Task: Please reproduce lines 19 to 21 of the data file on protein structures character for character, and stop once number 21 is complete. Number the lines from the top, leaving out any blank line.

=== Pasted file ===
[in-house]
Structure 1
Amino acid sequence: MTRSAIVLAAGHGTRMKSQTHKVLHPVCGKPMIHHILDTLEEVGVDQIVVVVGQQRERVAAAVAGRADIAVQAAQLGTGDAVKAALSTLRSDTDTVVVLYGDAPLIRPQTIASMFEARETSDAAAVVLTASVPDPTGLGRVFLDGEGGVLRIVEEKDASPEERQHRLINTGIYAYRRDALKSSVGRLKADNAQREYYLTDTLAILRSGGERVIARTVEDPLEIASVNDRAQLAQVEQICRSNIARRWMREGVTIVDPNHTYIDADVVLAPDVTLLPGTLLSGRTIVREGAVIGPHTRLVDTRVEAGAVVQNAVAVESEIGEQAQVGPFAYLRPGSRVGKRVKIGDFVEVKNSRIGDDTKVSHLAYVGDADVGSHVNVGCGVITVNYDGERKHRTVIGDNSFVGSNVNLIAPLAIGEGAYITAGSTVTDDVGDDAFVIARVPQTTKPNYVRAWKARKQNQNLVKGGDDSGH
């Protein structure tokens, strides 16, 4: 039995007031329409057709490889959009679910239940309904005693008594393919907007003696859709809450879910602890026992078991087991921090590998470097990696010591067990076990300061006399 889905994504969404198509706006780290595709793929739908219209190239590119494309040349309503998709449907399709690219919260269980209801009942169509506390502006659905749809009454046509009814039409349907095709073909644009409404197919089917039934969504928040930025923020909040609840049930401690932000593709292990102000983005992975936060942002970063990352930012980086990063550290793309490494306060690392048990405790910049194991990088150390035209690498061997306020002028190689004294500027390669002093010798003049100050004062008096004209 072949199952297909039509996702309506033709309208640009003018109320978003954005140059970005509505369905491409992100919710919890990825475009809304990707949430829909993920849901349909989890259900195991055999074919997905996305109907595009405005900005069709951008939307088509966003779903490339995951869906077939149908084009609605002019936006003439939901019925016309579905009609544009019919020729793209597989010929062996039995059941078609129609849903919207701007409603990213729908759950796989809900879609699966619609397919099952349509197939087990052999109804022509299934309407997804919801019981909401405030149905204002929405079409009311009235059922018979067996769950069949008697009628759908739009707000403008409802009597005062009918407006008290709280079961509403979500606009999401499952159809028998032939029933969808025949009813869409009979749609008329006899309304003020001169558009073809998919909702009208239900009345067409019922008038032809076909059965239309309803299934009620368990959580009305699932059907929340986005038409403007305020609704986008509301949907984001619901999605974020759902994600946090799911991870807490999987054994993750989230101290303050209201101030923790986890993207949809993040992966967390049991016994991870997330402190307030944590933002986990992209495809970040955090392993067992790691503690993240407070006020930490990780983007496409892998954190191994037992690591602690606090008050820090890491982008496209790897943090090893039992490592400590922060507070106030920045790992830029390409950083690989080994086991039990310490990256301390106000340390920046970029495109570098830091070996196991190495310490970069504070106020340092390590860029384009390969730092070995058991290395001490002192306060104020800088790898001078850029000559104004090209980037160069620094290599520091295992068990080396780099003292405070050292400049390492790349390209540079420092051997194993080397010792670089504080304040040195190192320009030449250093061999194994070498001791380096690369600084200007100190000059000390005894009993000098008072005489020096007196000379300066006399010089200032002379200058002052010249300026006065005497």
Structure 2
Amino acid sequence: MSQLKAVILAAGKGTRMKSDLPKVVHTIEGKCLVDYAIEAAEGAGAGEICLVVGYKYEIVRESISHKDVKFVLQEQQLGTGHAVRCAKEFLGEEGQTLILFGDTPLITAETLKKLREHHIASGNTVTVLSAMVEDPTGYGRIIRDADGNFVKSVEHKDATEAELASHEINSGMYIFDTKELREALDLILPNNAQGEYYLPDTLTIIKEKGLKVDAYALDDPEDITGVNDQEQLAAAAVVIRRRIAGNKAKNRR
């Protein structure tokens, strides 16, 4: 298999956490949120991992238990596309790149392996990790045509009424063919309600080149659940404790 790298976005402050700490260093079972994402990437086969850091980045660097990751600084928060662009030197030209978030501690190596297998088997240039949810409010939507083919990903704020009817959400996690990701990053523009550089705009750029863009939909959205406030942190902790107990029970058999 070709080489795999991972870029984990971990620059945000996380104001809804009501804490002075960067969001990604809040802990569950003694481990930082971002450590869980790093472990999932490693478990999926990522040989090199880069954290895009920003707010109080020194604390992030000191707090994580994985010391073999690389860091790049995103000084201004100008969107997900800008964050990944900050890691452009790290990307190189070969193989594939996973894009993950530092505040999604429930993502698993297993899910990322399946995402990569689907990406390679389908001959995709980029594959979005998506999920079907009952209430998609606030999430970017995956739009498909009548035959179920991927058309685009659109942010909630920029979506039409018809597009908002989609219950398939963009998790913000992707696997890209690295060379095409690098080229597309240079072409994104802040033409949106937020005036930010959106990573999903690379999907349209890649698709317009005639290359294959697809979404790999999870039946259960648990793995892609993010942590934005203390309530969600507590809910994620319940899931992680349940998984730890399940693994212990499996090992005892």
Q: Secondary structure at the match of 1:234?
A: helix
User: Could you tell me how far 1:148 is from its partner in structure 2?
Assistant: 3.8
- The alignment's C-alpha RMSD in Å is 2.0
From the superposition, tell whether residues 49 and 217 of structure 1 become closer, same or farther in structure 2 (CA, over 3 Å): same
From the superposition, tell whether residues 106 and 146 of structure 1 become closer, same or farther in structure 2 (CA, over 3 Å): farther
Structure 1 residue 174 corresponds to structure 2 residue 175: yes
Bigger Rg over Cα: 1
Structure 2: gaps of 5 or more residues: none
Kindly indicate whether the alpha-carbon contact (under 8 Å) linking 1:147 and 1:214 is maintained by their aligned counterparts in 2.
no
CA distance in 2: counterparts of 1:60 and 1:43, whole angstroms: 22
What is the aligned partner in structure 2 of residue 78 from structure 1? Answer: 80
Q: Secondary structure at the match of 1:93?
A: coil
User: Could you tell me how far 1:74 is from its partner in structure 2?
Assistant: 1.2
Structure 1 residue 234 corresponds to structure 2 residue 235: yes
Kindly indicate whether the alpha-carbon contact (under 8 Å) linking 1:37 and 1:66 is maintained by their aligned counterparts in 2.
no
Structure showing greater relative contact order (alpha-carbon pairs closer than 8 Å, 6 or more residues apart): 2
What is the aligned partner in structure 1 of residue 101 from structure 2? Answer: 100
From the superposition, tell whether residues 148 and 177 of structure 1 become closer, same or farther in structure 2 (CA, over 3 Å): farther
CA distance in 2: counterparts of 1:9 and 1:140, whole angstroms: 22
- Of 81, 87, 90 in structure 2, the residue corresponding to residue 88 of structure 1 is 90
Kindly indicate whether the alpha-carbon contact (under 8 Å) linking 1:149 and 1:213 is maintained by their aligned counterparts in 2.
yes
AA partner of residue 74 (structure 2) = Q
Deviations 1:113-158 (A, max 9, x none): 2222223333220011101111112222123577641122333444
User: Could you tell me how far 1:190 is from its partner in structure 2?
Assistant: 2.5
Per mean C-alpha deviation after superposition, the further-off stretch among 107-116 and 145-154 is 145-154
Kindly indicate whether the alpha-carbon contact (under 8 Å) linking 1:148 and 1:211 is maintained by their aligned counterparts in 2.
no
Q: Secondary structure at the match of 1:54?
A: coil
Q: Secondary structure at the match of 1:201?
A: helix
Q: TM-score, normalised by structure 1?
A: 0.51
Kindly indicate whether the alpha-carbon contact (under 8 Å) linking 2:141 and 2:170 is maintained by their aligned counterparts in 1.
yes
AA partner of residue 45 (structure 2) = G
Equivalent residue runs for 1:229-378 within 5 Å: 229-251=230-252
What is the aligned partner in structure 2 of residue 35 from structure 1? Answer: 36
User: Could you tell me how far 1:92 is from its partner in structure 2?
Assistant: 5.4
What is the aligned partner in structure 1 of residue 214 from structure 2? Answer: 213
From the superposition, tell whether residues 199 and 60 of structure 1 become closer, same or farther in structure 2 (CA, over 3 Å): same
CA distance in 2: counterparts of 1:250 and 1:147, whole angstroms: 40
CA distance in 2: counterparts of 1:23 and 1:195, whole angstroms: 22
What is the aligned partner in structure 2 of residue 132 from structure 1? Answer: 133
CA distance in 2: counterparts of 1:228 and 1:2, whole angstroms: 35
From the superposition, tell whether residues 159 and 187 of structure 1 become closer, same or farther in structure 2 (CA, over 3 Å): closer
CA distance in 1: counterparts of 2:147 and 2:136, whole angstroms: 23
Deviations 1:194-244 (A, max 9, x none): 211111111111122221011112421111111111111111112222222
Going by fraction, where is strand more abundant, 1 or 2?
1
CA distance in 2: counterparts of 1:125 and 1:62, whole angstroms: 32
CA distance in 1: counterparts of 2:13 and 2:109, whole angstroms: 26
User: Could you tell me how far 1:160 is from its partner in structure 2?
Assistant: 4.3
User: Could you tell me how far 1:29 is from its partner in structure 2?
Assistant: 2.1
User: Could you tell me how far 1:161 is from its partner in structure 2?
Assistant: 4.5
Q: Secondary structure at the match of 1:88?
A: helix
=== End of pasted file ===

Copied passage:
no
CA distance in 2: counterparts of 1:60 and 1:43, whole angstroms: 22
What is the aligned partner in structure 2 of residue 78 from structure 1? Answer: 80